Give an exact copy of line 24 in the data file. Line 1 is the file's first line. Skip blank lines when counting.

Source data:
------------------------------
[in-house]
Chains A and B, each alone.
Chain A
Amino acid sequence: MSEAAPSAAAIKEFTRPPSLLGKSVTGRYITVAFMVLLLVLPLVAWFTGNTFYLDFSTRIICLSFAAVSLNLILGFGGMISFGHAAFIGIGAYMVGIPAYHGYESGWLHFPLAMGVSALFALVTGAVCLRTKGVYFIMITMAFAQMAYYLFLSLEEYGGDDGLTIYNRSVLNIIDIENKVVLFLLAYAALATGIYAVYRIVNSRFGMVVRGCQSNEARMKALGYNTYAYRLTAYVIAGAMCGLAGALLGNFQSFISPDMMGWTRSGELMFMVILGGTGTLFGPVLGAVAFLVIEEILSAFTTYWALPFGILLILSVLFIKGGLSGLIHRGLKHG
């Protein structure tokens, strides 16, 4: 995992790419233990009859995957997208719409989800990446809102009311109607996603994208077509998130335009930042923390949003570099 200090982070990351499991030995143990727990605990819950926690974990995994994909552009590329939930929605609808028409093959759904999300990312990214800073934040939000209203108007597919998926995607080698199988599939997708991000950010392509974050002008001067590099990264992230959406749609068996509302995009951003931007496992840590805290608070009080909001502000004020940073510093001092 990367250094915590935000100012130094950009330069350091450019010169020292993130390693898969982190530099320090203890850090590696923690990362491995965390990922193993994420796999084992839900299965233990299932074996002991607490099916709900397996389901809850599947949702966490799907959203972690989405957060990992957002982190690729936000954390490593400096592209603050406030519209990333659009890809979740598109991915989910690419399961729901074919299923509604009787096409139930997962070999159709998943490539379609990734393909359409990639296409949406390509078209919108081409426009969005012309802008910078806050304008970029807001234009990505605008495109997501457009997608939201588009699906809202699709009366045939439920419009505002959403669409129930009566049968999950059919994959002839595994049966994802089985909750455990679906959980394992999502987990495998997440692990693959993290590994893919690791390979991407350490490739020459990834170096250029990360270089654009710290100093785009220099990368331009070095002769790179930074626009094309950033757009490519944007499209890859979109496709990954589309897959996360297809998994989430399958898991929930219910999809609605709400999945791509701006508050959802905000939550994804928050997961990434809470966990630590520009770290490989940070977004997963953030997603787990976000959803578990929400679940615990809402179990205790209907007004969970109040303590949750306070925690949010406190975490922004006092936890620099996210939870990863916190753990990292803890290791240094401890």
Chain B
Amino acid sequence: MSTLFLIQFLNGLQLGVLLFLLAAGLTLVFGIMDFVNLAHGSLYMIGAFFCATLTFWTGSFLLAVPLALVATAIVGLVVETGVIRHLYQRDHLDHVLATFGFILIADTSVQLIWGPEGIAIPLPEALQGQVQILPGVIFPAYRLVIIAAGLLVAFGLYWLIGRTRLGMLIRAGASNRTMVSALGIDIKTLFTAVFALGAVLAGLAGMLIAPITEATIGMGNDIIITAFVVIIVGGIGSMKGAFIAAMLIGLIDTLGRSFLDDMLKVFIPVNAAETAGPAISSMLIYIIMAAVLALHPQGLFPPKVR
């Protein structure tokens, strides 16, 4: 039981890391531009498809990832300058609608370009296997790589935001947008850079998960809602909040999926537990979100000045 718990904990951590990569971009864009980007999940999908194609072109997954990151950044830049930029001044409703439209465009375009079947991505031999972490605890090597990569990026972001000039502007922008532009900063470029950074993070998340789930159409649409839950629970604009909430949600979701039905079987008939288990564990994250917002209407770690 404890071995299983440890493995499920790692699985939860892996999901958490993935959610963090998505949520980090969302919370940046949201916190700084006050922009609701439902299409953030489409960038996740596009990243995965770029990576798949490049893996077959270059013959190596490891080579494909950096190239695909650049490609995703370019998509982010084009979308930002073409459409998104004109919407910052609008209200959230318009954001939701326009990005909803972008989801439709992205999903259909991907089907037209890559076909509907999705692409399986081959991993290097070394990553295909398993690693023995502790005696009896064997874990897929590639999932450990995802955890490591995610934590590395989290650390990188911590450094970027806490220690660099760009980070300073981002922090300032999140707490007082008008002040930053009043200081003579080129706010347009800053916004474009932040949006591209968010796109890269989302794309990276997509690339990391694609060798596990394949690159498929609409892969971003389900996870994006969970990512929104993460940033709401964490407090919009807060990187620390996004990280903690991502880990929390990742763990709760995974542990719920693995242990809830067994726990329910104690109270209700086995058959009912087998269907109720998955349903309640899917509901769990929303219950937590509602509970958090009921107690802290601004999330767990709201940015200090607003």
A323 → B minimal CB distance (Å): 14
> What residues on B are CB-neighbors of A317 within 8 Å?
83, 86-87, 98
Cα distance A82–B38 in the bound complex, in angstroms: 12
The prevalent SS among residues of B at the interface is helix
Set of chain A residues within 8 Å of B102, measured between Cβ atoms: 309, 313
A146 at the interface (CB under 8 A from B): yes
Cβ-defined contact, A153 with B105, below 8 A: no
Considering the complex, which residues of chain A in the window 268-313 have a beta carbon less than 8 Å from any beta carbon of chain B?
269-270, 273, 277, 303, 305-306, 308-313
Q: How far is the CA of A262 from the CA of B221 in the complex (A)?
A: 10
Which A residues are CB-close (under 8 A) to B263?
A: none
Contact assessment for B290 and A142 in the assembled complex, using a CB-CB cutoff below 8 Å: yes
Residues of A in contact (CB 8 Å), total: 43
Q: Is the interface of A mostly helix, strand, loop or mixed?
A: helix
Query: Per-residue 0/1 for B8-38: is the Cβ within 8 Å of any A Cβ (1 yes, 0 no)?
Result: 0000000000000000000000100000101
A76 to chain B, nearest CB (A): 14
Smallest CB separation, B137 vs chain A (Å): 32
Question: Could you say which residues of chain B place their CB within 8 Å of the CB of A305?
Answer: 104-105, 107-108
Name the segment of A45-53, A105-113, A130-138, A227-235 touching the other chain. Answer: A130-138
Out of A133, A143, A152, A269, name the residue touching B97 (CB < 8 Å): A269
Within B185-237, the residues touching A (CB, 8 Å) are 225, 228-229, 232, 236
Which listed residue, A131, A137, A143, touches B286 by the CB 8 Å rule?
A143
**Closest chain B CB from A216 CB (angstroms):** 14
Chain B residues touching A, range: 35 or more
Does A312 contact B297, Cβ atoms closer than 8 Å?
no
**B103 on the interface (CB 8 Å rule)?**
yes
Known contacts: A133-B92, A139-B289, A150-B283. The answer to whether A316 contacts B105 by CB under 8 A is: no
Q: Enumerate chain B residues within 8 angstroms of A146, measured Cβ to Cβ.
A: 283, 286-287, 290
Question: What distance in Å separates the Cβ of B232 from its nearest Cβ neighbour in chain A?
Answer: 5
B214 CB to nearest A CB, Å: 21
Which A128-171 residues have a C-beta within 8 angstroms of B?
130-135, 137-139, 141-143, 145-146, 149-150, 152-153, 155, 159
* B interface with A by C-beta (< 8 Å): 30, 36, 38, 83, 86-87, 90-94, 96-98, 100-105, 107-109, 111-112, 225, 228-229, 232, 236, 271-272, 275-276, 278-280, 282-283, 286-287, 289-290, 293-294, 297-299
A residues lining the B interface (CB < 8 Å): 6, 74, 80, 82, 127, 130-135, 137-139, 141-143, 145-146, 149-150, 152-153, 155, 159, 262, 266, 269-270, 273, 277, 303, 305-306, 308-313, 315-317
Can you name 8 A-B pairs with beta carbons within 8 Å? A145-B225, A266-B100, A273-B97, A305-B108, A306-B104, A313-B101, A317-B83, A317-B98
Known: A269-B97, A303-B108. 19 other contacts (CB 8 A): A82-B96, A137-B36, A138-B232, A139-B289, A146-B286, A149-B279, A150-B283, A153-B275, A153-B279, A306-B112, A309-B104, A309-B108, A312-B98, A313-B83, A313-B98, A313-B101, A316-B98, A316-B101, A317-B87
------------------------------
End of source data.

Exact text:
Residues of A in contact (CB 8 Å), total: 43